They put the long in Longwood last night.
The Lions nailed a whopping 13 three-pointers and roared to a 94-58 victory over Brentwood in a League I game at Longwood.
"We were on fire so we kept lighting it up," said Paris Parks, providing a couple of apt metaphors on a night when he sizzled more than anyone else, sinking five treys en route to 17 points. The Lions, who average a Long Island-best 86.8 points per game, improved to 7-0, 4-0 in league. "That's one of the best shooting nights I've seen," said Anthony Jimenez, the coach of Brentwood (7-3, 2-2).
The Indians were able to contain Longwood's lethal fast break for most of the first quarter and avoid its equally dangerous trapping defense. But a floater by Darien Davis (16 points) and a buzzer-beating three by Parks provided a 17-16 advantage for the home team. "You can't give Longwood any momentum," Jimenez said.
The Lions broke the game open by scoring the first 10 points of the second quarter. The only three of that sequence came when Tajric Boggs (17 points) completed a conventional three-point play with a nifty shake-and-bake maneuver. It was 37-21 at the break, which was bad enough for Brentwood. Things got much worse in the third quarter when Longwood really turned up the heat.
Its vaunted trap began creating turnovers and fast-break opportunities that resulted in open players all over the court. Sure, there were numerous layups, but often, the most wide-open Lion was stationed in the corner or on the wing, waiting to receive a pass behind the arc.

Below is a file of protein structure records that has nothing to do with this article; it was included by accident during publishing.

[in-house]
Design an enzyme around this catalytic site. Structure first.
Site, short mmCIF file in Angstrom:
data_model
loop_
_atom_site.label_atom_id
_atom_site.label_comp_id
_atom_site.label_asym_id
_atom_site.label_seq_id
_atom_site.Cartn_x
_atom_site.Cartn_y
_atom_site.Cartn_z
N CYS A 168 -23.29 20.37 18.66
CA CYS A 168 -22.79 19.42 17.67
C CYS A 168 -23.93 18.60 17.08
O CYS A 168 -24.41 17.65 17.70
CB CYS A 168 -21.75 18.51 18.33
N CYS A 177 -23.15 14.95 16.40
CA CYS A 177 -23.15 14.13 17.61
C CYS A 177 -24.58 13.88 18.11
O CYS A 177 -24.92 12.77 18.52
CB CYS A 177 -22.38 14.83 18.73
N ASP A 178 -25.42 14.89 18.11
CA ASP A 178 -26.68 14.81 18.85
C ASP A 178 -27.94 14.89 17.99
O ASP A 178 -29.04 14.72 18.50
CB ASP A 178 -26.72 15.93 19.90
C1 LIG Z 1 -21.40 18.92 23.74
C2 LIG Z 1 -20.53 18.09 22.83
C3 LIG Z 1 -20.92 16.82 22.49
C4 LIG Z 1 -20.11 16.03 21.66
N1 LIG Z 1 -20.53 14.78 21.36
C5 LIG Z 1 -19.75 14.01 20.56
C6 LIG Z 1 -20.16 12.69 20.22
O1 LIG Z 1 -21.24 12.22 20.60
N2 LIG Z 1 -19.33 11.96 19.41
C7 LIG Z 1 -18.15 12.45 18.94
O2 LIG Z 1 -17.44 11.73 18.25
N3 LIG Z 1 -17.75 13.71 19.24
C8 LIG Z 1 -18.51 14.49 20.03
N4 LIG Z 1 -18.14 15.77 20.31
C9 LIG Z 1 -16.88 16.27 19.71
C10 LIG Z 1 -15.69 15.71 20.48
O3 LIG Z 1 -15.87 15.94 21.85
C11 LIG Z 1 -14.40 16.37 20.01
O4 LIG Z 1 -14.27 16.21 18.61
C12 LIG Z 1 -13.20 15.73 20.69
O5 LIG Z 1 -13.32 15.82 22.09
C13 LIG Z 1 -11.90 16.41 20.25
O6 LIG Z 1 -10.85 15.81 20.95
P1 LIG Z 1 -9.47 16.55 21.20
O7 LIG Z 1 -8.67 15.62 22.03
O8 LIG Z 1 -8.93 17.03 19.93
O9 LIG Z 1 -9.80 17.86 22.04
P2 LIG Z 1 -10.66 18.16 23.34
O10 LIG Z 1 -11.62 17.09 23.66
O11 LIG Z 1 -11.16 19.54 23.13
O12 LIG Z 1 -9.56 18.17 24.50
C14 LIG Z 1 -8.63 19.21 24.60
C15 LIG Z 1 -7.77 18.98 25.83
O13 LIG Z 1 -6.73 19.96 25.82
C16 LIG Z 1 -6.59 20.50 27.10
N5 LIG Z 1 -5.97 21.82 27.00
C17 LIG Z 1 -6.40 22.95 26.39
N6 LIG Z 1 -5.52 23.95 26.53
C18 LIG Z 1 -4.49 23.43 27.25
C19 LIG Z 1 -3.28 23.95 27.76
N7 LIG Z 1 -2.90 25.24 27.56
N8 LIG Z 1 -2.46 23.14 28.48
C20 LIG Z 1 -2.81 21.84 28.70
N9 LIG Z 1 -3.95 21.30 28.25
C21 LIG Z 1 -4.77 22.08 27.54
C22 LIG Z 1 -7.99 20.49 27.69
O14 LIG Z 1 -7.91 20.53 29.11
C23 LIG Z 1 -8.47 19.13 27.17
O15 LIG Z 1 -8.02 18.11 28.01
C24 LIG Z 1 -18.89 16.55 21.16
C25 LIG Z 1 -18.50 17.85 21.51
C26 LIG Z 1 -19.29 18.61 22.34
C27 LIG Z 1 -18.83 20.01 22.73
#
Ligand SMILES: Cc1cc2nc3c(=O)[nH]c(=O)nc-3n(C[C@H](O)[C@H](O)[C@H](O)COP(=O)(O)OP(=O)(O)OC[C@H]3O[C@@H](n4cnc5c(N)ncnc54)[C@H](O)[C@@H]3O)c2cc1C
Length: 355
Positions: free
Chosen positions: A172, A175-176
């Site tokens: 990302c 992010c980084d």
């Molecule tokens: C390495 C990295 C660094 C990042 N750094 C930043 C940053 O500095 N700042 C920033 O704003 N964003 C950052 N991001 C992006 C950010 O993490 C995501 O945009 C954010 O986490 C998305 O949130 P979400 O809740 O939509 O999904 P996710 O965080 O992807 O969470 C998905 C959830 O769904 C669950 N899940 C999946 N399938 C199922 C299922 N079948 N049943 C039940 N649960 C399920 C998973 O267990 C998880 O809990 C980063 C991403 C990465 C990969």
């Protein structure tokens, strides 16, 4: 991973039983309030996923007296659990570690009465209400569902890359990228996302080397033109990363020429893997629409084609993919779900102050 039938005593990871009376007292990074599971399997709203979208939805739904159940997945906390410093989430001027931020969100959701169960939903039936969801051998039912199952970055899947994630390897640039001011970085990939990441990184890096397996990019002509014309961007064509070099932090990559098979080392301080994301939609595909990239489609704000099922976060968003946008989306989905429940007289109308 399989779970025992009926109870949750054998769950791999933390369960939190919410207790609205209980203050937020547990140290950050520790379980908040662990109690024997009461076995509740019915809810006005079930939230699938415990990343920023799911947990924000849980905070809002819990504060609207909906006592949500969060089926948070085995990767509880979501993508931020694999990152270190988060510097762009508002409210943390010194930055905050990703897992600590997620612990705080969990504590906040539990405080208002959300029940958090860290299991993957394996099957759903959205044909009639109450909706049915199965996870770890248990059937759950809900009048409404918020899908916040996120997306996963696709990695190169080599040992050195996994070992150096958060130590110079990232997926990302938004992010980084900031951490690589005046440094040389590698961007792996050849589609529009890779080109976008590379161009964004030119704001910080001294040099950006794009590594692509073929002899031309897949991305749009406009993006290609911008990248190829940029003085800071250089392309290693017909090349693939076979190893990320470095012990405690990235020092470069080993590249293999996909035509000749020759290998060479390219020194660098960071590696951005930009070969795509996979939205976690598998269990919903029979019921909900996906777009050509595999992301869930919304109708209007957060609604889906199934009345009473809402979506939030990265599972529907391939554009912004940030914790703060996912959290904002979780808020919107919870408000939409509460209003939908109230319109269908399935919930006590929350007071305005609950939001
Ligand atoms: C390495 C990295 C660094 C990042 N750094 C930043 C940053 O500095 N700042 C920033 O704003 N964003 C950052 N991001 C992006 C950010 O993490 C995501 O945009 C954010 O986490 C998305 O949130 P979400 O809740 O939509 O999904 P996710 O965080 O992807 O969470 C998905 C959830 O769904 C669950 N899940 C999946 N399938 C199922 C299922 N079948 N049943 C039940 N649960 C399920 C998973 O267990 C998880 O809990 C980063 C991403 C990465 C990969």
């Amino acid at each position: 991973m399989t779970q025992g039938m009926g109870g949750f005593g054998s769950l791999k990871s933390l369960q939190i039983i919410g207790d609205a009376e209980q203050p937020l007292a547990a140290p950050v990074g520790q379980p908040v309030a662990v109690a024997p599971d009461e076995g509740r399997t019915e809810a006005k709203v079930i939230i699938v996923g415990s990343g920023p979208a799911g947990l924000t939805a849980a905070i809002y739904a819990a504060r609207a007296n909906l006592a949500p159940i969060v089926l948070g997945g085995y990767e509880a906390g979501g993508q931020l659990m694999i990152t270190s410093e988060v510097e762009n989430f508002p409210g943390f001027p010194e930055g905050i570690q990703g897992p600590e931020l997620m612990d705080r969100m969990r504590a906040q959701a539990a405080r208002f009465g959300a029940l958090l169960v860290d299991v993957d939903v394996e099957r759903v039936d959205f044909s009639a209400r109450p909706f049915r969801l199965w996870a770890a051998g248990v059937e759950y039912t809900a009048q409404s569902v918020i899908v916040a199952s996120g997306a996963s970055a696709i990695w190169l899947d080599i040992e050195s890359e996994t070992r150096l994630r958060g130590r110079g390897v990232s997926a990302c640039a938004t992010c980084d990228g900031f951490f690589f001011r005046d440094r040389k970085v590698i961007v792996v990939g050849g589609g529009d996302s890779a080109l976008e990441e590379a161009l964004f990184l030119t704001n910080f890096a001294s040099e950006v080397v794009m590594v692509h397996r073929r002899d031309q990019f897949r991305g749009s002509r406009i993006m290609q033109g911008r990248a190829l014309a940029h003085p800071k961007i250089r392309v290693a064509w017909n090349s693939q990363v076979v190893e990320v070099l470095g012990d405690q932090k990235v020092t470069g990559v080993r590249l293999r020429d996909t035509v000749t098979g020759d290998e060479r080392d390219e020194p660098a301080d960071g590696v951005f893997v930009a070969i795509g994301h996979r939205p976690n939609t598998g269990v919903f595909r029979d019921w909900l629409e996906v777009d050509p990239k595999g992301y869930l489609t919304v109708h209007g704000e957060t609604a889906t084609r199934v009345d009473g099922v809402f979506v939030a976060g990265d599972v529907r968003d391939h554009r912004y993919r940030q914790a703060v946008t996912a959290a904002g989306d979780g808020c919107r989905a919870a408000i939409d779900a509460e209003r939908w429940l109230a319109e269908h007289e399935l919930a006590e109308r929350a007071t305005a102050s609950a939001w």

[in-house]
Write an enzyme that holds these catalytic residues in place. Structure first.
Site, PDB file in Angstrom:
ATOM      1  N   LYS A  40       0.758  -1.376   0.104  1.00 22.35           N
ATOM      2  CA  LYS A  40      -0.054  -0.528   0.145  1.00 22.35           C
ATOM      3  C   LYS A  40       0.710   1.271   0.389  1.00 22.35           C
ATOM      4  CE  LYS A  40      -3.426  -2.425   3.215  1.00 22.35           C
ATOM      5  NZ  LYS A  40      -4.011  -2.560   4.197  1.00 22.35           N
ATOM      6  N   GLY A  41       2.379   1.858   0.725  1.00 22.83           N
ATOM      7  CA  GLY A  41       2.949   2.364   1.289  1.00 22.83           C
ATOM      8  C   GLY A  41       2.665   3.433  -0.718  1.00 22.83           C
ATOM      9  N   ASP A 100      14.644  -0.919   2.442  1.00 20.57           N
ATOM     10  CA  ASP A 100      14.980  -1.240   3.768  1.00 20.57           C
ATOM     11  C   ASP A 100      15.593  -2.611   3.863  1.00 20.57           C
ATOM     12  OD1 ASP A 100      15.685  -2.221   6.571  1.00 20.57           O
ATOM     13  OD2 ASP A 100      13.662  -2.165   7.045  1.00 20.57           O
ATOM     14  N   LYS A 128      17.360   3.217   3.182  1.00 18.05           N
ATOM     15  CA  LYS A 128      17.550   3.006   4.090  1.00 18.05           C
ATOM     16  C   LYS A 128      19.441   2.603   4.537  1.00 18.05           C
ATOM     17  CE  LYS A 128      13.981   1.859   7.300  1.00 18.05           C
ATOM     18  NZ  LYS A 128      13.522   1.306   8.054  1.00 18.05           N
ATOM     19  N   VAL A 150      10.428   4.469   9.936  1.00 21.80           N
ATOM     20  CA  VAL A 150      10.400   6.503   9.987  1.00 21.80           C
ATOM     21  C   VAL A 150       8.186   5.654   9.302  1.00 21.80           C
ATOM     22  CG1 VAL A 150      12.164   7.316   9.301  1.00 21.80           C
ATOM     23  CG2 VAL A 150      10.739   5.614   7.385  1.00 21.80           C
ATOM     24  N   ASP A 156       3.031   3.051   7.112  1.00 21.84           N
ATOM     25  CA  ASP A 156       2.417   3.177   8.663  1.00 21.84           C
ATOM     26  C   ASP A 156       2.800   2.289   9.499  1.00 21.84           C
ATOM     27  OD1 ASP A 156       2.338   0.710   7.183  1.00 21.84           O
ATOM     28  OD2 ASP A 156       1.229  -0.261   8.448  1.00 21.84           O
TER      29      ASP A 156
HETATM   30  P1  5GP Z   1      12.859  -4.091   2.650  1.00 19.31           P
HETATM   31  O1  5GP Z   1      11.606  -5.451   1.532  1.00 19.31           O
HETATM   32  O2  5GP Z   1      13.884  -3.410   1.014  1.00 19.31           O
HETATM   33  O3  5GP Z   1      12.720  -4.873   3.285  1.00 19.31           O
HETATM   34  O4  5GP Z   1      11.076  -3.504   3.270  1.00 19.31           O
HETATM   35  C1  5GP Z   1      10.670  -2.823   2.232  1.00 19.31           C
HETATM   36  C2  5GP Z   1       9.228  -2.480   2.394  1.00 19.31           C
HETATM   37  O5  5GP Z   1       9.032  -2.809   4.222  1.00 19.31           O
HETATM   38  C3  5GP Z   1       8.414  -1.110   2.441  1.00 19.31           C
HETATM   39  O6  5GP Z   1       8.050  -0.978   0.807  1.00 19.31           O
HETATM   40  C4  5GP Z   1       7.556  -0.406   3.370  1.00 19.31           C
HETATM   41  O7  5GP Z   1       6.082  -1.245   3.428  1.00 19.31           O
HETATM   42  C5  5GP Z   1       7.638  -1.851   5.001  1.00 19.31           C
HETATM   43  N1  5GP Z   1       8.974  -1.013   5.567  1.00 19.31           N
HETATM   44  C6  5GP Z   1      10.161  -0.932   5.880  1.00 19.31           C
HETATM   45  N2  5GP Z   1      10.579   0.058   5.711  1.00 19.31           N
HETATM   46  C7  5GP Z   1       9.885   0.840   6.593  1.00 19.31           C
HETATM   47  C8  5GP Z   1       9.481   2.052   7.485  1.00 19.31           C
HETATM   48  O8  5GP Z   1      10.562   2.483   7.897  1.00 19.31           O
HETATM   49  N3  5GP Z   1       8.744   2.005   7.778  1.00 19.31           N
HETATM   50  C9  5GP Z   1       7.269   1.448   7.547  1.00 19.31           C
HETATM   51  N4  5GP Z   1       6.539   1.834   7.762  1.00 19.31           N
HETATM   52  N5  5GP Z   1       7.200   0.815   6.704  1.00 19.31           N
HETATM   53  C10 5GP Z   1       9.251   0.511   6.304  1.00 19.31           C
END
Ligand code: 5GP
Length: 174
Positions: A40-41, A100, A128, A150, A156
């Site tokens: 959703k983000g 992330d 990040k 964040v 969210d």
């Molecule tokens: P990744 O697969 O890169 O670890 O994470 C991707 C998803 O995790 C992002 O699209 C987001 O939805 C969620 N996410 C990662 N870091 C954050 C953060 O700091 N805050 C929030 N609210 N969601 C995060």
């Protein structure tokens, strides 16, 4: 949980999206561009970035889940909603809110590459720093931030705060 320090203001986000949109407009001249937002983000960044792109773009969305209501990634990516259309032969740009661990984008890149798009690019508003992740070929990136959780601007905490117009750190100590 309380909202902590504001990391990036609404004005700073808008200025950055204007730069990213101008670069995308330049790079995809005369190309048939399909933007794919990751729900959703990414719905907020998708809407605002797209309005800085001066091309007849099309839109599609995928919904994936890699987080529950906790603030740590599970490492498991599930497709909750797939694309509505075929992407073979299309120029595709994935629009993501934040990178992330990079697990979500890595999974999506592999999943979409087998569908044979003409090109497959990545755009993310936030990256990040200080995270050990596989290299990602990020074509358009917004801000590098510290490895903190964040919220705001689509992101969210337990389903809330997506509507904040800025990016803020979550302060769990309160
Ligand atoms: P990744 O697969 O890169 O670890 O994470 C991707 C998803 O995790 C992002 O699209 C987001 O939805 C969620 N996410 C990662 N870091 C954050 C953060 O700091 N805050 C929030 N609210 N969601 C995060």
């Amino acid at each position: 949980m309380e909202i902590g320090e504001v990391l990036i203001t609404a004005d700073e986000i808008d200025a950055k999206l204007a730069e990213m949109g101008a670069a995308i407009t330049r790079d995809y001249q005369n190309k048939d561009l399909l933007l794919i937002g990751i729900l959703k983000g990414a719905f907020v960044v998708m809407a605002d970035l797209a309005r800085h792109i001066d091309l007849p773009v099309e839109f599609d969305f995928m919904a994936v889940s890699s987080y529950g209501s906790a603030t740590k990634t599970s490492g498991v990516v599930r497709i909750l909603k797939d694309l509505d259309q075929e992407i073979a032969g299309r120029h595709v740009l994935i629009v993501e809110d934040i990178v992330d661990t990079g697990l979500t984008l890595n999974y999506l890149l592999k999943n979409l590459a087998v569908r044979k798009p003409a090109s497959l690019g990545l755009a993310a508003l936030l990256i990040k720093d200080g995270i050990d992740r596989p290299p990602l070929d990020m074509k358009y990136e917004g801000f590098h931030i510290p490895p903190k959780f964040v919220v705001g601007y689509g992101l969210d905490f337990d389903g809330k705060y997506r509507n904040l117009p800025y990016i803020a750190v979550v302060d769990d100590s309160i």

"Best shot possible," is how Lions coach Dennis Terry described his team's share-the-ball offensive philosophy that produced six treys in the third quarter, one in which his team scored a rousing 37 points.
"It all starts with defense," Davis said. Indeed, Brentwood turned the ball over frequently during the second and third quarters resulting in many uncontested shots. "We like to go inside-out to open things up," Terry said. "If the open shot is a three, we want our guy to shoot it. [Thirteen] is a lot of threes, but the guys had open shots."
Most of them came after several passes at a pace best described as breakneck. Terry rarely stops yelling "push it . . . go, go, go!" on the sideline, often punctuating his words with a waving motion meant to encourage his players to step on the accelerator. They don't have to be told twice.
"We're a fast-break team. We love running," Paris said. "Coach runs us all the time in practice to get us in shape. We think we can wear down other teams by the fourth quarter."
By the fourth quarter last night, Brentwood was burned out.